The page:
The Optimists Alumni Drum & Bugle Corps
Toronto, Ontario, Canada
Alumni Corps members John Malcolm and Tom Mellors marched with Royalaires.
Guelph Royalaires, 1958
The Guelph Royalaires Drum & Bugle Corps can trace its history as far back as 1932 when a group of First World War Veterans sought to increase their musical knowledge while maintaining their military training and bonds of friendship with like-minded comrades.
The corps eventually became the marching band of the Guelph-based 11th Field Regiment (RCA) etching its first accomplishments by winning the Canadian Standstill Championships three consecutive years in the early fifties –’53, ’54, and ’55.
In 1954, the corps opened its ranks to the community and adopted the name “The Royalaires” in honour of the Royal City of Guelph. At about the same time came the new challenges of marching and maneuvering and the corps set their sights on newer, bigger goals. In doing so, the Royalaires literally won the hearts of growing legions of fans in Canada and the United States.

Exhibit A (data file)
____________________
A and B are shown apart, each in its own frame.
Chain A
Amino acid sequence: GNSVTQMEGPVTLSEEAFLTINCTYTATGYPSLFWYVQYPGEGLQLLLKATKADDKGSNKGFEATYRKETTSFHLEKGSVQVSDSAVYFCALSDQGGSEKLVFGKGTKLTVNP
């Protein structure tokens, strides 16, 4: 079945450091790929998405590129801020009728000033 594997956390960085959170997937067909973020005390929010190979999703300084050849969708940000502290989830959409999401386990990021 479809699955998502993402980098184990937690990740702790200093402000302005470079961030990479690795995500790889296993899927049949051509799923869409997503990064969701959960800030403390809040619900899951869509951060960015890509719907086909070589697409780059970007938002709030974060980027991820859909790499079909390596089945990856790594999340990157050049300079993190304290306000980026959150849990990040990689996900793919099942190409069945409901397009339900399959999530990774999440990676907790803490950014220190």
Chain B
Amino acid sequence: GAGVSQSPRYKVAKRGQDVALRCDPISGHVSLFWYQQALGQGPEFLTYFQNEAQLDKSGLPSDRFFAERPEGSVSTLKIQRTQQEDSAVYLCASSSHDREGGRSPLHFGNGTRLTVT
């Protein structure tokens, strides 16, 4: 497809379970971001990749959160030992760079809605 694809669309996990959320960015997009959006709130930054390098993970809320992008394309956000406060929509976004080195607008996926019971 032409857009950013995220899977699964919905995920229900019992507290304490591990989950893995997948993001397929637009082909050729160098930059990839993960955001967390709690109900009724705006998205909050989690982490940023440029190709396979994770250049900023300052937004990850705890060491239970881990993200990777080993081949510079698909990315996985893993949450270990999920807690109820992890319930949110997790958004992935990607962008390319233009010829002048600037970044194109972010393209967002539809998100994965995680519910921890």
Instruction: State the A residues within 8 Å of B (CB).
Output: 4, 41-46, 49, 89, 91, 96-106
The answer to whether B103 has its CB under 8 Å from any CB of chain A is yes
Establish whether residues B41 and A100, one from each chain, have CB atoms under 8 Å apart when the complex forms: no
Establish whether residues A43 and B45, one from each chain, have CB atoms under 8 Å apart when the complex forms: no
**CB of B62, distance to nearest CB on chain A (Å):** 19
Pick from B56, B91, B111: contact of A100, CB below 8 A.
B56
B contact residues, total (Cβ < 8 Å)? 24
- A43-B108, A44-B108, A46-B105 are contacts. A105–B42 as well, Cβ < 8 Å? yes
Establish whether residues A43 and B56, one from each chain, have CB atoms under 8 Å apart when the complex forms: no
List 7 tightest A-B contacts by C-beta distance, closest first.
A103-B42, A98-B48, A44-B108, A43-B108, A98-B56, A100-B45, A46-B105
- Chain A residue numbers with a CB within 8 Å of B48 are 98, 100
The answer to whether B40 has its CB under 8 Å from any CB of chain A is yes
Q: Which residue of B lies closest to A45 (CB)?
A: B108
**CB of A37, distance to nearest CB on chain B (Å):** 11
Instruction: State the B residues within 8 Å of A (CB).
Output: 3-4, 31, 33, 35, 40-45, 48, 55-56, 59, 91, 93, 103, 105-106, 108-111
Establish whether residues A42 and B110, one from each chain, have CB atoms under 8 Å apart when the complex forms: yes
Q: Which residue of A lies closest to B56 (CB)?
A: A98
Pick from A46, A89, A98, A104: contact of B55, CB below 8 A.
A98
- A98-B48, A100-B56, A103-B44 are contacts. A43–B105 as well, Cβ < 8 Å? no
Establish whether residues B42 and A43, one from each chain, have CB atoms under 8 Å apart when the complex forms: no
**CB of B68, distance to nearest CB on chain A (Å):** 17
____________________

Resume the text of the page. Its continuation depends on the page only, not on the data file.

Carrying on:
Photo by Moe Knox
The adoption of the “Love Theme” and the acquisition of their unique cadet style cream, red, and gold uniforms, shakos with white feather plumes the Royalaires were easily recognized by their appearance, precision marching, and repertoire. Their popular “heart” drill pattern soon became their signature and they soon became known as “The Corps with the Heart”.
The Royalaires’ belief in hard work and dedication resulted in six consecutive national titles from 1959 through 1964 a feat unmatched in Senior Canadian Drum & Bugle Corps history. A string of Ontario Provincial and International Championships complemented the Royalaires achievements and popularity. Throughout these golden years, the Royalaires were led by Drum Major Stan Biggs, who was later inducted into the World Drum Corps Hall of Fame.
The Royalaires continued to field a competitive corps through the late ‘60’s recapturing National Championships in 1968 and 1969. As Canadian corps succumbed to the high costs of travel and new instrumentation, the Royalaires continued on through the 1970’s and ‘80’s keeping pace with the changes that drum & bugle corps were undergoing. Eventually the corps was faced with the decision to withdraw from competition in the 1990’s but continued to be a popular parade corps throughout southwestern Ontario into the new millennium. (taken from the Royalaires website)